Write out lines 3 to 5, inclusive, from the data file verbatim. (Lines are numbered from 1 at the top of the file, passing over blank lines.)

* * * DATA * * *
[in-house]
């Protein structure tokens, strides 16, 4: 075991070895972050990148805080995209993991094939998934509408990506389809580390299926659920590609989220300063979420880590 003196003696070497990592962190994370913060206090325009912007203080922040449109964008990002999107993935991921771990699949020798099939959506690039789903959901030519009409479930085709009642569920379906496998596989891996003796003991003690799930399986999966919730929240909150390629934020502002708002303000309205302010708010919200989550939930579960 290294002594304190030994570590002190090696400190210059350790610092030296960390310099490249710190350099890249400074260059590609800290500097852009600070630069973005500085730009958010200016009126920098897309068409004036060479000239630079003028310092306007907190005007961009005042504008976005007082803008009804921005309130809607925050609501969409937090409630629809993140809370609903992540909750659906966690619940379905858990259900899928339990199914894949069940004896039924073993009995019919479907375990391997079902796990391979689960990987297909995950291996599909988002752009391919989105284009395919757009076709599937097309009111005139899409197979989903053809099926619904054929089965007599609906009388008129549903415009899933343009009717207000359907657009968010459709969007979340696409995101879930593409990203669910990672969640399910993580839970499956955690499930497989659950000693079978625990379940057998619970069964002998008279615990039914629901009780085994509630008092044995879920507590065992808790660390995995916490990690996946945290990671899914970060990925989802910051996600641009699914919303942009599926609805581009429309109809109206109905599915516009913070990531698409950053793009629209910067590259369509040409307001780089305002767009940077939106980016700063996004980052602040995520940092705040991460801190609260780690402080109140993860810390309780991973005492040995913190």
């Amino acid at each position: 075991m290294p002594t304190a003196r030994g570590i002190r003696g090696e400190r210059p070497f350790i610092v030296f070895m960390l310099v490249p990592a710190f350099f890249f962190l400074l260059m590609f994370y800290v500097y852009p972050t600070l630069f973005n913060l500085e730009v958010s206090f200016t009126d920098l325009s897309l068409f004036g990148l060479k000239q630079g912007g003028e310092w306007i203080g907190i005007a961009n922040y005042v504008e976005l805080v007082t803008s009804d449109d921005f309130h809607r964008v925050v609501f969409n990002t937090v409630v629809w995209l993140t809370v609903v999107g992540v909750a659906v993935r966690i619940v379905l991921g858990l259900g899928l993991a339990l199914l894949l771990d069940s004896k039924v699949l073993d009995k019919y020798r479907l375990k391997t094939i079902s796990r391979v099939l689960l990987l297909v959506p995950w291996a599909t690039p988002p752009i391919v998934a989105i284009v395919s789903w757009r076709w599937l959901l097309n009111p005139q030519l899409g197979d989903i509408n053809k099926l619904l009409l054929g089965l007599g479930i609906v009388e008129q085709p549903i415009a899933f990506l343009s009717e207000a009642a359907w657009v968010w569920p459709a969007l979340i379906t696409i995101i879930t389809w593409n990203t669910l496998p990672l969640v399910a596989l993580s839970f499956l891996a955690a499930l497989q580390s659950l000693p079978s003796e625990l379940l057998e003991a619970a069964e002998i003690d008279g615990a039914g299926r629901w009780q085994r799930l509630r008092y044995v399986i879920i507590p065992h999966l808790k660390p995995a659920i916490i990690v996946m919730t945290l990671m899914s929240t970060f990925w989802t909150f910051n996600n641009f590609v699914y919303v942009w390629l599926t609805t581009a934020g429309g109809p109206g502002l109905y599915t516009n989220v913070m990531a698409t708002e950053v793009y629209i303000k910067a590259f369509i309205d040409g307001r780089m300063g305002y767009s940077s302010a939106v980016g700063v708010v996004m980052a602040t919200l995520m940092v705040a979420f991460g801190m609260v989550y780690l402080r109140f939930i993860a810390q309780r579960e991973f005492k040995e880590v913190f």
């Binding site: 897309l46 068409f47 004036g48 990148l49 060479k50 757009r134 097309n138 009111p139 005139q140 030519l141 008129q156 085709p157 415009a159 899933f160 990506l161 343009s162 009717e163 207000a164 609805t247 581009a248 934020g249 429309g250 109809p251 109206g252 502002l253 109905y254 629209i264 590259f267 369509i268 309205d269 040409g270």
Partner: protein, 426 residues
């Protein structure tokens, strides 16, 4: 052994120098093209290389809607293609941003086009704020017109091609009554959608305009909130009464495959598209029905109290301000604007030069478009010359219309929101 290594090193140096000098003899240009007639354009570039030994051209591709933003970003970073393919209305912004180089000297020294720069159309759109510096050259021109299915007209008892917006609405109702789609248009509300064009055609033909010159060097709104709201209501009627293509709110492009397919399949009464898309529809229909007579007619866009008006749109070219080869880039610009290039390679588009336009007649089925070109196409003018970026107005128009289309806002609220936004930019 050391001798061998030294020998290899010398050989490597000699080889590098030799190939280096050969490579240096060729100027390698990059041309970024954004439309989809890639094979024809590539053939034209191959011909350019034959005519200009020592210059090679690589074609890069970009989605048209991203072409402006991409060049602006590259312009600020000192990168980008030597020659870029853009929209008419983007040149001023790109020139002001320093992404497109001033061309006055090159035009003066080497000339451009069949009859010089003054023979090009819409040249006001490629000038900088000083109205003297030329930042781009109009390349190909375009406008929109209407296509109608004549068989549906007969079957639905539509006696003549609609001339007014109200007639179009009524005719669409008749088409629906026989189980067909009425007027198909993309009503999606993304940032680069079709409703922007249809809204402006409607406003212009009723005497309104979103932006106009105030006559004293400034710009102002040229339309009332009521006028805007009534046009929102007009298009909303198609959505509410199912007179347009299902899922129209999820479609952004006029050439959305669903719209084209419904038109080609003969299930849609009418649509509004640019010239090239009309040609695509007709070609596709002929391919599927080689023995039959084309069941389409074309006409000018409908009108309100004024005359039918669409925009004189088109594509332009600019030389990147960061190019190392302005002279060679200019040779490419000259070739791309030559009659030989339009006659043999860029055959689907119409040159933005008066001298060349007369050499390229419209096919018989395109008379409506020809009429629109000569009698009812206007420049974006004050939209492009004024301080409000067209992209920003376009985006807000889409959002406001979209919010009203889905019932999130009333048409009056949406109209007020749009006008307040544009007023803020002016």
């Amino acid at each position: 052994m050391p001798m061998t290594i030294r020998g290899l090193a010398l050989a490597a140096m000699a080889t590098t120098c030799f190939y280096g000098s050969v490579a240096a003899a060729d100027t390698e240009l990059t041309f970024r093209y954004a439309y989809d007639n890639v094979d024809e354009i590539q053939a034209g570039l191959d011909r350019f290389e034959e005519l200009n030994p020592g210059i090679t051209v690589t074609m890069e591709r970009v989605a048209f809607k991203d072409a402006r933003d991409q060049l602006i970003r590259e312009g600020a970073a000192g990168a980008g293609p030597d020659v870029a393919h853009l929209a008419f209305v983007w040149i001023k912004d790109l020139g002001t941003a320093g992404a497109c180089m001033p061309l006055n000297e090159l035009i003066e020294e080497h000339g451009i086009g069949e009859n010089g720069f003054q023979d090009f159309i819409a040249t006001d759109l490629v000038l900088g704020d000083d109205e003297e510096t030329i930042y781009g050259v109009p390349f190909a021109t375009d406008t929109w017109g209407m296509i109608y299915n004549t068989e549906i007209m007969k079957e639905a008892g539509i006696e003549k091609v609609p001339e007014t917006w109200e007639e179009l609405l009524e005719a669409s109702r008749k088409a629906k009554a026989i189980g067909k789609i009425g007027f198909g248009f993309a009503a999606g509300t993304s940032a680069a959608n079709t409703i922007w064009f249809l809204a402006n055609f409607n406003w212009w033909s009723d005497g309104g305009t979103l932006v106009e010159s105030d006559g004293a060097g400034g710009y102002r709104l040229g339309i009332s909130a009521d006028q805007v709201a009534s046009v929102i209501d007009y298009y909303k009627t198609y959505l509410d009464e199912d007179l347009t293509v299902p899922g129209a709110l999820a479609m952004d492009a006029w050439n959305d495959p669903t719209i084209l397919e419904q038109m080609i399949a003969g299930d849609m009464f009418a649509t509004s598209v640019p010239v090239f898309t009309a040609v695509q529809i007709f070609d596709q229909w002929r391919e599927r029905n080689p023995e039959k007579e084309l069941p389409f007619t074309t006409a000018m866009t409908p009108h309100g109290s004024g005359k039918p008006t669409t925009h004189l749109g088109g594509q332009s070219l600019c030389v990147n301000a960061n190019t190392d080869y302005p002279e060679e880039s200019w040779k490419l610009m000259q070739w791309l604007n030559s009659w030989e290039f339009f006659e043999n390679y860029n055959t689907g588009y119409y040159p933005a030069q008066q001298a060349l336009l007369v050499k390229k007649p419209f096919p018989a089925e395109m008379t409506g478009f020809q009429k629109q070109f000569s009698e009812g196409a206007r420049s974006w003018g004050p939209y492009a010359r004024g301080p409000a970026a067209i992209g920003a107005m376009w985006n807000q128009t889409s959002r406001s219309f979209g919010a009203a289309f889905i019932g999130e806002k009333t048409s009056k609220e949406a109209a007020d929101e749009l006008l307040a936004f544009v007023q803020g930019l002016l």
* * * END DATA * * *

């Amino acid at each position: 075991m290294p002594t304190a003196r030994g570590i002190r003696g090696e400190r210059p070497f350790i610092v030296f070895m960390l310099v490249p990592a710190f350099f890249f962190l400074l260059m590609f994370y800290v500097y852009p972050t600070l630069f973005n913060l500085e730009v958010s206090f200016t009126d920098l325009s897309l068409f004036g990148l060479k000239q630079g912007g003028e310092w306007i203080g907190i005007a961009n922040y005042v504008e976005l805080v007082t803008s009804d449109d921005f309130h809607r964008v925050v609501f969409n990002t937090v409630v629809w995209l993140t809370v609903v999107g992540v909750a659906v993935r966690i619940v379905l991921g858990l259900g899928l993991a339990l199914l894949l771990d069940s004896k039924v699949l073993d009995k019919y020798r479907l375990k391997t094939i079902s796990r391979v099939l689960l990987l297909v959506p995950w291996a599909t690039p988002p752009i391919v998934a989105i284009v395919s789903w757009r076709w599937l959901l097309n009111p005139q030519l899409g197979d989903i509408n053809k099926l619904l009409l054929g089965l007599g479930i609906v009388e008129q085709p549903i415009a899933f990506l343009s009717e207000a009642a359907w657009v968010w569920p459709a969007l979340i379906t696409i995101i879930t389809w593409n990203t669910l496998p990672l969640v399910a596989l993580s839970f499956l891996a955690a499930l497989q580390s659950l000693p079978s003796e625990l379940l057998e003991a619970a069964e002998i003690d008279g615990a039914g299926r629901w009780q085994r799930l509630r008092y044995v399986i879920i507590p065992h999966l808790k660390p995995a659920i916490i990690v996946m919730t945290l990671m899914s929240t970060f990925w989802t909150f910051n996600n641009f590609v699914y919303v942009w390629l599926t609805t581009a934020g429309g109809p109206g502002l109905y599915t516009n989220v913070m990531a698409t708002e950053v793009y629209i303000k910067a590259f369509i309205d040409g307001r780089m300063g305002y767009s940077s302010a939106v980016g700063v708010v996004m980052a602040t919200l995520m940092v705040a979420f991460g801190m609260v989550y780690l402080r109140f939930i993860a810390q309780r579960e991973f005492k040995e880590v913190f």
């Binding site: 897309l46 068409f47 004036g48 990148l49 060479k50 757009r134 097309n138 009111p139 005139q140 030519l141 008129q156 085709p157 415009a159 899933f160 990506l161 343009s162 009717e163 207000a164 609805t247 581009a248 934020g249 429309g250 109809p251 109206g252 502002l253 109905y254 629209i264 590259f267 369509i268 309205d269 040409g270």
Partner: protein, 426 residues